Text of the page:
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Chateau Mouton Rothschild (375ML half-bottle) 1986

Bordeaux Red Blends from Pauillac, Bordeaux, France
  • RP100
  • WS97
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Winemaker Notes

Luscious black currant flavored Cabernet fruit makes Mouton beguilingly easy to drink. Rich Complex flavors, powerful ripe tannins and an extremely long finish are all hallmarks of this wine.

Critical Acclaim

RP 100
The Wine Advocate

WS 97
Wine Spectator

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Chateau Mouton Rothschild

Chateau Mouton Rothschild

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Chateau Mouton Rothschild, , France - Bordeaux
Chateau Mouton Rothschild
Château Mouton Rothschild, a Premier Cru Classé from the Bordeaux region and one of the world's greatest wines, is owned by Baroness Philippine de Rothschild. The estate includes 205 acres of vines at Pauillac planted with Cabernet Sauvignon (77%), Merlot (11%), Cabernet Franc (10%) and Petit Verdot (2%).

In 1853, Baron Nathaniel de Rothschild bought Château Brane-Mouton. In 1922, his great-grandson Baron Philippe de Rothschild (1902-1988) decided to take the future of the estate into his own hands. His 65 years at Mouton bear witness to the strength of his personality, his spirit of enterprise and his sense of innovation.

In 1922, he was the first to introduce château bottling. In 1926, he built the famous Grand Chai, the majestic 100-meter first year cellar, which has become a major attraction for visitors to Mouton. 1945 marked the start of a fascinating collection of works of art, created every year for the Mouton label by famous painters. In 1973, after a twenty-year battle, Baron Philippe obtained a revision of the 1855 classification and Mouton was officially recognized as a First Growth.

In 1988, Baroness Philippine de Rothschild succeeded her father Baron Philippe. She has become the guarantor of the quality of an illustrious wine whose motto proudly proclaims, "First I am, second I was, I Mouton do not change."

Russian River

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A standout region for its decidedly Californian take on Burgundian varieties, The Russian River Valley is named for the eponymous river which flows through the region. While there are warm pockets of the AVA, it is mostly a cool-climate growing region thanks to breezes and fog from the nearby Pacific Ocean.

Chardonnay and Pinot Noir reign supreme in Russian River, with the best examples demonstrating a unique combination of richness and restraint. The cool weather makes Russian River an ideal AVA for sparkling wine production, utilizing the aforementioned varieties. Zinfandel also performs exceptionally well here. Within the Russian River Valley lie the smaller appellations of Chalk Hill and Green Valley. The former, further from the ocean, is relatively warm, with a focus on red and white Bordeaux varieties. The latter is the coolest, foggiest parcel of the Russian River Valley and is responsible for outstanding Pinot Noir and Chardonnay.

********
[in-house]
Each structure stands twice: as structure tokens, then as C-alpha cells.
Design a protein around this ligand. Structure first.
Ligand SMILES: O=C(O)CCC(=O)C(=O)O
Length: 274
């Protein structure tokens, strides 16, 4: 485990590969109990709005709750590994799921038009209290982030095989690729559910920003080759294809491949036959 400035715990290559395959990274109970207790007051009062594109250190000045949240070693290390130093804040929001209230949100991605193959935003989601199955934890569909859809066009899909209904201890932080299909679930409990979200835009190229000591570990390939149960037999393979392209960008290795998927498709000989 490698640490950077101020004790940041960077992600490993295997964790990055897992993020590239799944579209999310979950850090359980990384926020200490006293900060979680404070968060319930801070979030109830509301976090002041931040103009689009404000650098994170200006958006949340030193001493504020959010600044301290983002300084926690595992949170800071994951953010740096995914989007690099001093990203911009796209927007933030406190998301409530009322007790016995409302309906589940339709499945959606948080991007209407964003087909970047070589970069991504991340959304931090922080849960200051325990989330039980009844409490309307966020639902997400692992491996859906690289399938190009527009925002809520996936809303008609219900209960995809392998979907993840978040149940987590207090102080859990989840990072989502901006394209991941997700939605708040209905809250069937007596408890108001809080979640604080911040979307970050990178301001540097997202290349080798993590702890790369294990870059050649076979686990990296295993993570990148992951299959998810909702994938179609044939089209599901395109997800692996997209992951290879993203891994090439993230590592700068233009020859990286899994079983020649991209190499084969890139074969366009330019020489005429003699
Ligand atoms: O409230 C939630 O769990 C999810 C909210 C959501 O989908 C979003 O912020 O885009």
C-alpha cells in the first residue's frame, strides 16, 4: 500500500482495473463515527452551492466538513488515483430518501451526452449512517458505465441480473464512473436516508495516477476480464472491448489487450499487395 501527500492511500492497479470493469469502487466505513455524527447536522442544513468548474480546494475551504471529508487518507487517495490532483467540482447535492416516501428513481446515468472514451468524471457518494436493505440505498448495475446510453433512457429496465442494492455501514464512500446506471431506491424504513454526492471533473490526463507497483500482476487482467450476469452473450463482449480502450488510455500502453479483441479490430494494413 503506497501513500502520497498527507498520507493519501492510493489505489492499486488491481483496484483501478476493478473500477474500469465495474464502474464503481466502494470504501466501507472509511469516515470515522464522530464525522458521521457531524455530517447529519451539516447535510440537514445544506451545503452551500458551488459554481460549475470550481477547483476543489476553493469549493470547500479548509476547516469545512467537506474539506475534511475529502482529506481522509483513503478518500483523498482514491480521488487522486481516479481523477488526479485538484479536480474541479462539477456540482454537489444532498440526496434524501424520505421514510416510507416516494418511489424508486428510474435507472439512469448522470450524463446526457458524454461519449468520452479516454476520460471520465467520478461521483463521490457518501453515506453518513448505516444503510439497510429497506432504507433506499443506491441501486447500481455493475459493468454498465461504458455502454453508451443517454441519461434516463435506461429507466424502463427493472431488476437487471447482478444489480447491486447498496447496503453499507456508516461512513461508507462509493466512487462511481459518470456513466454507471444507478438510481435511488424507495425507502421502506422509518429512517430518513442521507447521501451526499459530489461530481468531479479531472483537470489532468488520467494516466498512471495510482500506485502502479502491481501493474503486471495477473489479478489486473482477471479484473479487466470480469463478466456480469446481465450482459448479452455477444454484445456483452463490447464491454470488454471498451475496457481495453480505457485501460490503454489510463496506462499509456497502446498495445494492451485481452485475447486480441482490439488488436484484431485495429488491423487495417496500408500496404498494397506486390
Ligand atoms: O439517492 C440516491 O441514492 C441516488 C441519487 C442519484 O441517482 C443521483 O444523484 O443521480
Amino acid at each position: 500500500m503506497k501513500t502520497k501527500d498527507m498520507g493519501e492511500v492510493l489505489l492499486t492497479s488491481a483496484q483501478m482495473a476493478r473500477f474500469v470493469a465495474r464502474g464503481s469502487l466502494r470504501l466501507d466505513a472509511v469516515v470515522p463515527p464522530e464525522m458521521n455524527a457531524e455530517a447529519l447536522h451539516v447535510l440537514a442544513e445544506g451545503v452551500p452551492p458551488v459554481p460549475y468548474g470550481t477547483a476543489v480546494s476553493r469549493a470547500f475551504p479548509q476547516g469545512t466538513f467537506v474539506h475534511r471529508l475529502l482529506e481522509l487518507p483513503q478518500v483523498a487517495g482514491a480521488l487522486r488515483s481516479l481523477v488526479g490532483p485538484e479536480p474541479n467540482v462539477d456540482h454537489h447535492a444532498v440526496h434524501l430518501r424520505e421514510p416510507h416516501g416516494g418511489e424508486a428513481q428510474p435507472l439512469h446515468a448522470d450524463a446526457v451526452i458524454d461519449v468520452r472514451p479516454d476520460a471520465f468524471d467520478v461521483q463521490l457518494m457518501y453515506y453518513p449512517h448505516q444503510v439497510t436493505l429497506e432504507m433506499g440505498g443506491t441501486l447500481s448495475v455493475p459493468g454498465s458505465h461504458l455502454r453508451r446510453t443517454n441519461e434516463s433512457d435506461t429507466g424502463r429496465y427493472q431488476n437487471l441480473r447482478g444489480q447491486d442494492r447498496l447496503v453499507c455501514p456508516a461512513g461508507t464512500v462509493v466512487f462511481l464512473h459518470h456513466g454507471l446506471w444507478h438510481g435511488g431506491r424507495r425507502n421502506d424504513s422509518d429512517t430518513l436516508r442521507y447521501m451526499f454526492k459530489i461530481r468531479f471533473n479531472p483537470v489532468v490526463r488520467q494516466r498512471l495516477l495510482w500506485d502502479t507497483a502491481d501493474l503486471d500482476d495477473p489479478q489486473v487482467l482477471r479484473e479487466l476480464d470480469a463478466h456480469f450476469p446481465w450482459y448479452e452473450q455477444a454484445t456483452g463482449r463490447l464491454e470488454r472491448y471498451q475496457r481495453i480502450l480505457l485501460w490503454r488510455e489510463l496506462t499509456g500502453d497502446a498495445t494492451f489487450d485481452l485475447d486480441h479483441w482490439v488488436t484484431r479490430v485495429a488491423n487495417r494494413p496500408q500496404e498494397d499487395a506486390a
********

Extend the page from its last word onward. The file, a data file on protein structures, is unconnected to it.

Chardonnay

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One of the most popular and versatile white wine grapes, Chardonnay offers a wide range of flavors and styles depending on where it’s grown and how it’s made. In Burgundy, Chardonnay produces some of the finest white wines in the world, typically tending towards minimal intervention in the winery and at its best resulting in remarkable longevity. This grape is popular throughout the world, but perhaps its second most important home is in California, where both oaky, buttery styles and leaner, European-inspired wines enjoy great popularity. Oregon, Australia, South America, South Africa, and New Zealand are also significant producers of Chardonnay.

In the Glass

When planted on cool sites, Chardonnay’s flavors tend towards grapefruit, green apple, minerals, and white stone fruit, while warmer locations coax out richer, more tropical flavors of fig, melon, and pineapple. Oak can add notes of vanilla, coconut, and spice (as well as texture), while malolactic fermentation can impart soft, buttery acidity.

Perfect Pairings

Chardonnay is as versatile at the table as it is in the vineyard. The crisp, clean, Chablis-like styles go well with simple seafood, light chicken dishes, and salads. Richer Chardonnays marry well with cream or oil-based sauces.

Sommelier Secret

Since the 1990s, big, oaky, buttery Chardonnays from California have enjoyed explosive popularity. More recently, the pendulum has begun to swing in the opposite direction, towards a clean, crisp style that rarely utilizes new oak. These Old-World style wines have been dubbed the “New California Chardonnays,” and anyone who claims they do not like Chardonnay should give them a try.

LEM899666 Item# 6272

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